Career Services is here to help, so be sure to come in for a walk-in or make an appointment and one of the counselors will be happy to critique your profile and demonstrate the strategies outlined in this post.

Consider the Value of Joining and Participating in LinkedIn Groups

By: David Ross, Associate Director

A very popular tool that some candidates use in their internship and job searches is LinkedIn. Perhaps you have created a personal account or utilized the “Find Alumni” feature. While both are great starting points, consider joining and participating in LinkedIn groups to discover additional advantages of the system.

Identify a network of individuals with a shared interest.
One approach to search for networking contacts with professional experience within an industry is to input search criteria or use filters to generate a list of individuals. Another approach would be joining a group that may have dozens or hundreds of members with a shared interest, educational background or work experience. Depending on what type of individuals you are trying to identify, joining a group may be a faster or more efficient way to identify a network of individuals you are looking for.

Demonstrate your expertise in an area.
Once you have joined a group, you may notice individuals pose questions on occasion in search of feedback from group members. Responding to questions on topics you have insight can signal your expertise. It can also build goodwill and possibly open the lines of communications with others you may not have connected with in the past, expanding your network.

Uncover job and internship leads – before they are posted on job sites.
Sometimes individuals will post job or internship leads within a group with the idea that a targeted forum with individuals that may work within a field can be a source of referrals for strong candidates. Occasionally, these job and internship leads are mentioned in groups before they are published publicly elsewhere. Thus, being a member of a relevant group can lead to insights on additional job and internship leads.

Receive insight, advice or assistance from other professionals.
There may be a topic or question you would like perspective on from other professionals. Or perhaps you are working on an event or program and are searching for volunteers that have a certain background. Leveraging group forums in some instances may be very helpful in these instances.

Ultimately, when you search for Groups in LinkedIn, you may notice an overwhelming number of possibilities. You may want to start by joining a small number of groups first. Try to become actively involved as you never know when your participation can lead to unexpected benefits.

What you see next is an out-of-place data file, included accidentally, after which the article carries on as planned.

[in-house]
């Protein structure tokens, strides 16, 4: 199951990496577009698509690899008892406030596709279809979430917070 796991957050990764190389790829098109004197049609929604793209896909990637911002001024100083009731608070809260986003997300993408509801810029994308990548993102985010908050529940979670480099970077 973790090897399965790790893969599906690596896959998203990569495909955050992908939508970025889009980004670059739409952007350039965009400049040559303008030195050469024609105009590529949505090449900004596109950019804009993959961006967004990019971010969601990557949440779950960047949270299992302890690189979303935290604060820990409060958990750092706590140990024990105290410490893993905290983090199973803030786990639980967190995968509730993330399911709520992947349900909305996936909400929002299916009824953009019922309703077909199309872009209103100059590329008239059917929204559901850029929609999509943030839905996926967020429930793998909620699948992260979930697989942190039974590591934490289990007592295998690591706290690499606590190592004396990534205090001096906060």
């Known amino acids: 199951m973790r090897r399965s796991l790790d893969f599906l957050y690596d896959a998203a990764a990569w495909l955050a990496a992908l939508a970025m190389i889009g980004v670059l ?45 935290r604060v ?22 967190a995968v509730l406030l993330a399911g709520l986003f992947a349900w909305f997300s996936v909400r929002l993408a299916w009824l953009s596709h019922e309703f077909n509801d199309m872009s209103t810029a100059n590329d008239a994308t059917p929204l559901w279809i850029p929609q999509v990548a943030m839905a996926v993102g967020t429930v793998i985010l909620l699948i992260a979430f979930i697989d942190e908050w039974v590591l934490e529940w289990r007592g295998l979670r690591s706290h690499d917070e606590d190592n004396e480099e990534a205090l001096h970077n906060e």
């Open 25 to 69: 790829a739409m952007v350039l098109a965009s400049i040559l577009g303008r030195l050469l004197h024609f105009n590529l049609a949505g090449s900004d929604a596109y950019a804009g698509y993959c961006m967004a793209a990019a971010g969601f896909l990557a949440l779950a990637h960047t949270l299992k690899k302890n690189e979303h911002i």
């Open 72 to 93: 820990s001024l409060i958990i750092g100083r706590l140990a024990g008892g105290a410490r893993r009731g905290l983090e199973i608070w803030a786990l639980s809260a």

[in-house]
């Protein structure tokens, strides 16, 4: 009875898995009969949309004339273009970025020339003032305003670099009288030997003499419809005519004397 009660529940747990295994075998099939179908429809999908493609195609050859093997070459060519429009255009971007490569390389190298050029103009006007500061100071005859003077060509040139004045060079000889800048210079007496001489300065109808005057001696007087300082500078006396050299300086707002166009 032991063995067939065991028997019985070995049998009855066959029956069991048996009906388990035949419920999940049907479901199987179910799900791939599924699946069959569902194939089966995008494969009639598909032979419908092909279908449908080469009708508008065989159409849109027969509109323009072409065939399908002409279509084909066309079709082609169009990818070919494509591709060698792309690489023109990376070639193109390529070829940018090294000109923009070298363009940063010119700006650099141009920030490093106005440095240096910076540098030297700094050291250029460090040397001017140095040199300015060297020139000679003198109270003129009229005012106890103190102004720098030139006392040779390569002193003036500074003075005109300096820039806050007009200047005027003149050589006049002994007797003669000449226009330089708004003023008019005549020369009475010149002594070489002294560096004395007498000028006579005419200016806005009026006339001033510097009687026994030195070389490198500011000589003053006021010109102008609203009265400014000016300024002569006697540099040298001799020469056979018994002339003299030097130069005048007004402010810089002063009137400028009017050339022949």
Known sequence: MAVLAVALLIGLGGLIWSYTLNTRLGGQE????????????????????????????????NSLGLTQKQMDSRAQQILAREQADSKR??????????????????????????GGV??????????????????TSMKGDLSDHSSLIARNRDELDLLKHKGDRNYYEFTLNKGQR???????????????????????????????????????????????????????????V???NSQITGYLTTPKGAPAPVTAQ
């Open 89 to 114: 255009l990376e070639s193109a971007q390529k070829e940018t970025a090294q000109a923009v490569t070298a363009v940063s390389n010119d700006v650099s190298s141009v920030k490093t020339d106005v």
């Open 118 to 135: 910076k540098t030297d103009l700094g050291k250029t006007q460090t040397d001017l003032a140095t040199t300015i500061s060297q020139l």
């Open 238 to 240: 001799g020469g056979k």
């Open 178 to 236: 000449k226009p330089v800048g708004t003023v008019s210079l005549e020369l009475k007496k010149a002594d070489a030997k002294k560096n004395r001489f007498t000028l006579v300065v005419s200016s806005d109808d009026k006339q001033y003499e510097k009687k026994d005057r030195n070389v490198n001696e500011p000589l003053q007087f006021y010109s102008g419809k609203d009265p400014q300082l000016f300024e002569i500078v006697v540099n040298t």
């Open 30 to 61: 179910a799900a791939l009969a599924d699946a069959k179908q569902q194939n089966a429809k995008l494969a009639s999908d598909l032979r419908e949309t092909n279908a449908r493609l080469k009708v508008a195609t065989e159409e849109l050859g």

Your Summer Network

by Shannon C. Kelly

“It’s all about networking.”


No matter what your summer plans were, whether you interned, volunteered abroad, or conducted research on a college campus, if you met new people, your network grew.  Now that summer is wrapping up, it’s important to make sure you can take your summer network with you.  The saying “It’s all about networking” is true because it’s not just who you know, but who knows you when it comes to looking for your next internship or full-time position.

1. Use LinkedIn. LinkedIn is the first tool that comes to mind to stay in touch with your new connections.  If you’re not using LinkedIn yet, sign up right now, or at least when you have 5 minutes.  Their Student Jobs 101 website is immensely helpful with tutorials and checklists to get you up and running on the platform.

2. Personalize Connection Requests.  On LinkedIn, the power lies in your connections.  When you reach out to your colleagues or peers you met this summer, make sure you personalize your note.  Adding a simple line makes a big difference to show you took the time to remind them how you met and/or why you’d like to connect.  This rule applies to other platforms, too.

3. Leverage Other Platforms. There are many other social networking sites that can help you stay in touch with your summer network.  Facebook is a natural choice, but be mindful of who you’re adding and how you use Facebook already.  Do you want to keep it personal or are you comfortable adding professional contacts? Twitter is also helpful, especially if you’re an active user already.  Twitter can help you build your network beyond those you met this summer through by including popular hashtags related to your professional interests, participating in Twitter Chats, and following organizations and their employees.

If you’d like to learn more about using LinkedIn or social media to stay in touch with your summer network or build it up even more, utilize our resource, Build Your Brand. Remember, we also over LinkedIn Profile reviews – so come in to see us if you have questions!